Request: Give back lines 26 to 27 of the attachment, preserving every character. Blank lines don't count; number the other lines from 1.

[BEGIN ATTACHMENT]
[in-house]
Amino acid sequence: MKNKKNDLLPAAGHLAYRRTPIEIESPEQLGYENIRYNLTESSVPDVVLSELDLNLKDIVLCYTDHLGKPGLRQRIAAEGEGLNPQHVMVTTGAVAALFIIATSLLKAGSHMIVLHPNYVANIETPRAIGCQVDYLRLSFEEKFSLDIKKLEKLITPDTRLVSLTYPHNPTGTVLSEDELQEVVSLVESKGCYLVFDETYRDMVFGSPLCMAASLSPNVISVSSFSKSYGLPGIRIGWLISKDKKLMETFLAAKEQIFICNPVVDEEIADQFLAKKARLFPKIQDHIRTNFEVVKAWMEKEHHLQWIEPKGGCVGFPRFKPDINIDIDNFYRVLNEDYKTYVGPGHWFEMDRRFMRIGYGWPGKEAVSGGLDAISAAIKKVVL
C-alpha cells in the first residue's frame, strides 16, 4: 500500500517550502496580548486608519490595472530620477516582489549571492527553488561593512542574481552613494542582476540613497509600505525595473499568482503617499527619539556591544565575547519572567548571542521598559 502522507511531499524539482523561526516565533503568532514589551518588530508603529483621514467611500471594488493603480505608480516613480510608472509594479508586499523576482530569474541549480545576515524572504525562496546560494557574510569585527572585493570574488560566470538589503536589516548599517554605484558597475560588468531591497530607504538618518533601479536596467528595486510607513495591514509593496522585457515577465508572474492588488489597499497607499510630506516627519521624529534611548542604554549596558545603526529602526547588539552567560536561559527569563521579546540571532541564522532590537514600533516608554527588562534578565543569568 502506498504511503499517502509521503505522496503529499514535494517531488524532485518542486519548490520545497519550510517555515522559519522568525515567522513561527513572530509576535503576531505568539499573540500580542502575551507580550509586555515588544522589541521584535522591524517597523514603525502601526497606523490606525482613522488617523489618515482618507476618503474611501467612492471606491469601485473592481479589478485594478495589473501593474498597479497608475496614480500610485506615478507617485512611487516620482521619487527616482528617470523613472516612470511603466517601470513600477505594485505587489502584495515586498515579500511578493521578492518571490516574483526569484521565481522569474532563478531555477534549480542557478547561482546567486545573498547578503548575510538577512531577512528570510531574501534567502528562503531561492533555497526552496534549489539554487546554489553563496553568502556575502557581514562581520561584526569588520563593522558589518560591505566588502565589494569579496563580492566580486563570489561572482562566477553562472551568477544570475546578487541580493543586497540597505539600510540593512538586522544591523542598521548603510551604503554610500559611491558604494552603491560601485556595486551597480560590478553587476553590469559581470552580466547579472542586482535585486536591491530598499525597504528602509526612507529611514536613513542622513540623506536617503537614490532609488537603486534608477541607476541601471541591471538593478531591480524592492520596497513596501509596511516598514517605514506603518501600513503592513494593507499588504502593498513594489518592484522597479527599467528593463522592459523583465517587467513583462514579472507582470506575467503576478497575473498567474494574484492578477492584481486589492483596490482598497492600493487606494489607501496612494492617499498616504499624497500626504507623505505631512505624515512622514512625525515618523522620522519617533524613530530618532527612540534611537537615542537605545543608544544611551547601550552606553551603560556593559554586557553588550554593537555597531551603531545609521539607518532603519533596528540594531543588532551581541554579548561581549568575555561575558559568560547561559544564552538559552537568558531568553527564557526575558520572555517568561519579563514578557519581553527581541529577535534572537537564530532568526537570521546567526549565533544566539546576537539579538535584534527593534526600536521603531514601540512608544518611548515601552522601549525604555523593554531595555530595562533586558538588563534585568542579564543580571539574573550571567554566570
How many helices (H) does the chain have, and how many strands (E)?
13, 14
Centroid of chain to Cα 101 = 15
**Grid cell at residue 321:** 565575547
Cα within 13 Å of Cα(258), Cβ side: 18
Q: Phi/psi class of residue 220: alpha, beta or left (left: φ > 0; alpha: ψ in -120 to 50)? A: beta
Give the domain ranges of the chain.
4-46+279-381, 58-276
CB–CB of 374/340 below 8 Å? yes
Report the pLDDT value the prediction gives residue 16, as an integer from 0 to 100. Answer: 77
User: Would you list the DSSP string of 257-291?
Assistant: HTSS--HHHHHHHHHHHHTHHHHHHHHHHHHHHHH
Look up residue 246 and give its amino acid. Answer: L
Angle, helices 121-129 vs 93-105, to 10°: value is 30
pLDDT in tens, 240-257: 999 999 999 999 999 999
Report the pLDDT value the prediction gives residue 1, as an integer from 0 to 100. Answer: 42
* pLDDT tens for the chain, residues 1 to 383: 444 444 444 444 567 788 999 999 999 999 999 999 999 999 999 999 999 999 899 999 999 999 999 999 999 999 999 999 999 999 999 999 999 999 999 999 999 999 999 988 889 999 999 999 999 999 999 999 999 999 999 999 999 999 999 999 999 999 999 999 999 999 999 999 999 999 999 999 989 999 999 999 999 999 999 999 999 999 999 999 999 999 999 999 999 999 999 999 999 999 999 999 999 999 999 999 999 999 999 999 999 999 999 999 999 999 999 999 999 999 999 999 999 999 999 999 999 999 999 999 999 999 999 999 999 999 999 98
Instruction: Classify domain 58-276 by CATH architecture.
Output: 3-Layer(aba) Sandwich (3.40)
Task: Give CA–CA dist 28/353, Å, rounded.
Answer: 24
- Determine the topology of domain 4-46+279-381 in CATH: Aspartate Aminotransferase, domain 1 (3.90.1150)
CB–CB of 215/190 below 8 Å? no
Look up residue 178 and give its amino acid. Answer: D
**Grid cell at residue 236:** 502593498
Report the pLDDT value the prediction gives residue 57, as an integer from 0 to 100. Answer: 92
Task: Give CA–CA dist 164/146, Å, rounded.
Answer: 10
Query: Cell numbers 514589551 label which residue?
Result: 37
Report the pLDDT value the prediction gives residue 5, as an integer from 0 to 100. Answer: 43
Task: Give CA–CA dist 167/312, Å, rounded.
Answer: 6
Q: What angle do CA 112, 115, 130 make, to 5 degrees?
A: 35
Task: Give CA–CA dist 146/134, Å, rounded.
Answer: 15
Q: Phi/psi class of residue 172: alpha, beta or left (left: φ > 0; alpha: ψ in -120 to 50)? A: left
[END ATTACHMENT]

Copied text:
CB–CB of 215/190 below 8 Å? no
Look up residue 178 and give its amino acid. Answer: D